I was thinking today about the skills that it takes to be able to analyze hockey properly, and it took me back to classroom learning. As somebody who hated memorization, it was always a relief to me when a teacher explained that we didn’t need to know something specific for the test. Providing a periodic table, or a t-table, or allowing us to write our own “cheat sheets” for a test was interpreted as a measure of sympathy by the professor. “I know this stuff is hard as hell; I’ll cut you a break and relieve you of a little studying.”
The truth, though, is that allowing the use of these materials, or going as far as holding open-book tests, has practical legs. In the real world, whether in science or math – really in most fields – it is more important to be able to find and interpret information than to know it offhand. If one needs to perform a chi-squared test, for example, in the internet age I can find that information very easily. The more experience one has in the field, the less one will need to rely on guides to perform such calculations, but until that point there is no need to hold information that can easily be found.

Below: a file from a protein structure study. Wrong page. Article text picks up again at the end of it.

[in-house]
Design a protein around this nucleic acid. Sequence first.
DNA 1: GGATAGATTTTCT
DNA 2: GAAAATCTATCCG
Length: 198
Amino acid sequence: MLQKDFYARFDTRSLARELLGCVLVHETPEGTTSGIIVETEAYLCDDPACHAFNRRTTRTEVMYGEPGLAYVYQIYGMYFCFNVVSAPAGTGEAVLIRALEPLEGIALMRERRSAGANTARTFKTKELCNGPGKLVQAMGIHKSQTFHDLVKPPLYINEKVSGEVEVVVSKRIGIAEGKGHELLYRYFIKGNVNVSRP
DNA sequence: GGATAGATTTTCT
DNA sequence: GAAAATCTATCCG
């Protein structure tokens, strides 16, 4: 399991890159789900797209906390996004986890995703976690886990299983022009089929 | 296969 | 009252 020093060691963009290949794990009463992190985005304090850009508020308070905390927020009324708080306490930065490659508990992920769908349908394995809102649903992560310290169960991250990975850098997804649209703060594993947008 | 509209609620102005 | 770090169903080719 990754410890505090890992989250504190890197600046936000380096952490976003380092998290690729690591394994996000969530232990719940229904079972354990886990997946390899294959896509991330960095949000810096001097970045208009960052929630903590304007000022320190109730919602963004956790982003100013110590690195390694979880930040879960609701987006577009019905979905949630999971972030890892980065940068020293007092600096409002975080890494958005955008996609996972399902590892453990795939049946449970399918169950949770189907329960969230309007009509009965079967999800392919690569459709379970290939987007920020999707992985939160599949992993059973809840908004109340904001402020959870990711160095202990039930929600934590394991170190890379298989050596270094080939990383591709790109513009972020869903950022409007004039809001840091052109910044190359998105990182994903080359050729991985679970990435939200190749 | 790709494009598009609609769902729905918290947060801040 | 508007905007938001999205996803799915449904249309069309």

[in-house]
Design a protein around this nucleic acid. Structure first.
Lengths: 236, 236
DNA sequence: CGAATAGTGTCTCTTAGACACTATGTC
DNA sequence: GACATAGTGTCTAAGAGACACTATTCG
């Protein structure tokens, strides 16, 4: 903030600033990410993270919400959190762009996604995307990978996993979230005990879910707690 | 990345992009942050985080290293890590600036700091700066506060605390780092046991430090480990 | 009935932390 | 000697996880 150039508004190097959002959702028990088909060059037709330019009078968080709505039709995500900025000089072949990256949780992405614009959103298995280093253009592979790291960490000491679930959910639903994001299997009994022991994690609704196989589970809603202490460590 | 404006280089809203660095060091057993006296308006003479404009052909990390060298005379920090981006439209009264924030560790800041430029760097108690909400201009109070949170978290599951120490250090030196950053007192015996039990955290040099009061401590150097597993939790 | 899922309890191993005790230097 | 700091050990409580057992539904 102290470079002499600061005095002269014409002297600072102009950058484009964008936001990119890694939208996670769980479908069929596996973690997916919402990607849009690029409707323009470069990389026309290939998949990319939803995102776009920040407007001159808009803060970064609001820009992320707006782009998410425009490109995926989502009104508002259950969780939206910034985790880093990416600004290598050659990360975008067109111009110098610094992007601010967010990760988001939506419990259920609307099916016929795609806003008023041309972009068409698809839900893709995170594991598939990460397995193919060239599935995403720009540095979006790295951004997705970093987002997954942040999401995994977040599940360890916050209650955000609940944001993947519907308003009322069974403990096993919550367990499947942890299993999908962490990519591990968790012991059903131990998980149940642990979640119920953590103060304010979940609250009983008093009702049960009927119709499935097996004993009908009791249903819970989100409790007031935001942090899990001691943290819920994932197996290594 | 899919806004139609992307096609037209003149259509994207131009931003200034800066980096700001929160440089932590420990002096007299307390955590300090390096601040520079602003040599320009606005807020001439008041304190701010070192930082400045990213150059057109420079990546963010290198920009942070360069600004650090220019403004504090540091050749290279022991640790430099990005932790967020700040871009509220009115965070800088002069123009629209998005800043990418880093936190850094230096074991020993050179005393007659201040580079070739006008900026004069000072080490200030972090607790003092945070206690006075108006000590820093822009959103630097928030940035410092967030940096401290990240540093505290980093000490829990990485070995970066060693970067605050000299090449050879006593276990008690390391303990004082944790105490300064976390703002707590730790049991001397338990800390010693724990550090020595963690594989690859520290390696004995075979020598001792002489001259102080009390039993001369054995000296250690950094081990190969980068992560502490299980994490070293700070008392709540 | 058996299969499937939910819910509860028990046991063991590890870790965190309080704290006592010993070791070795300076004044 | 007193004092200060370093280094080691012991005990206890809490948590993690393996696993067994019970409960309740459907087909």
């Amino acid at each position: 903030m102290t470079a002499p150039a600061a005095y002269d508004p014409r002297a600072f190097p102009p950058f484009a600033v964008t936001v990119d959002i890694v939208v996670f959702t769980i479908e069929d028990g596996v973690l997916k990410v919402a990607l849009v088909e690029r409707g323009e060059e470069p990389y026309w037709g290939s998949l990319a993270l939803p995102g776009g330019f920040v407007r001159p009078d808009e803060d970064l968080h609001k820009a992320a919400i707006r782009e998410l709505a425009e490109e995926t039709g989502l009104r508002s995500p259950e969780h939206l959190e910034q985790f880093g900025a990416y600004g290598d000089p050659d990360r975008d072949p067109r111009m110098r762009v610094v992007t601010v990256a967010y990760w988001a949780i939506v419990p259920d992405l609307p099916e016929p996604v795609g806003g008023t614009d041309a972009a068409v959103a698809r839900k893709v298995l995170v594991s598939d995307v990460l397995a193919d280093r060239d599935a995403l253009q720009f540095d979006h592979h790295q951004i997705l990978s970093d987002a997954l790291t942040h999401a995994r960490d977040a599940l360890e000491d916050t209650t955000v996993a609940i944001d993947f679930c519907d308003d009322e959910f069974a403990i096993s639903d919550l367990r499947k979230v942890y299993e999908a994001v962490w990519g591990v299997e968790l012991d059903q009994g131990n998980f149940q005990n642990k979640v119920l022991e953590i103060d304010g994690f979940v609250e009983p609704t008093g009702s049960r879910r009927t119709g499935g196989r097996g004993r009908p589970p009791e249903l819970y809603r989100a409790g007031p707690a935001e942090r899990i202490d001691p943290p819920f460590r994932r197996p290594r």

This is relevant in hockey because there is a difference between the person who knows the most about a certain team, and the person who has the capability to find out the most about it. It’s great to know Max Talbot’s Corsi Relative offhand, but a quick search on War-On-Ice or another such website will provide that information in seconds. Nobody really needs to know this stuff by heart if you can find and understand it.
And that’s where Rob Vollman’s Hockey Abstract comes in. For the last three years, Rob has been putting countless hours into producing volumes that rival Bill James’ early baseball work. If one wants to know how the Columbus Blue Jackets deploy their forwards and how those players have fared – whether a fan or a GM – one need not look much farther than the book’s revolutionary player usage charts. Who were the best and worst teams on the power play? Penalty kill? Shootout? All of that information comes easy.
For 2015, due to an impending new publishing deal, Rob’s Abstract is in the form of a PDF update that you can purchase here for only $10. It really is an easy way to find information on last year’s players and teams. Stuff that you don’t need to know by heart.
Also included are features like historical coach evaluations, updated league-to-league equivalencies, and maybe my favorite section, Ian Fyffe’s Hall of Fame Inductinator, which makes the case that Paul Kariya should have been inducted in 2015.
Definitely check it out. I’ve read all three editions and learn something new in each one. It’s good for those at all stages of their analytical exploration, beginner to expert, and is a great way to prepare for the rapidly approaching 2015-2016 season.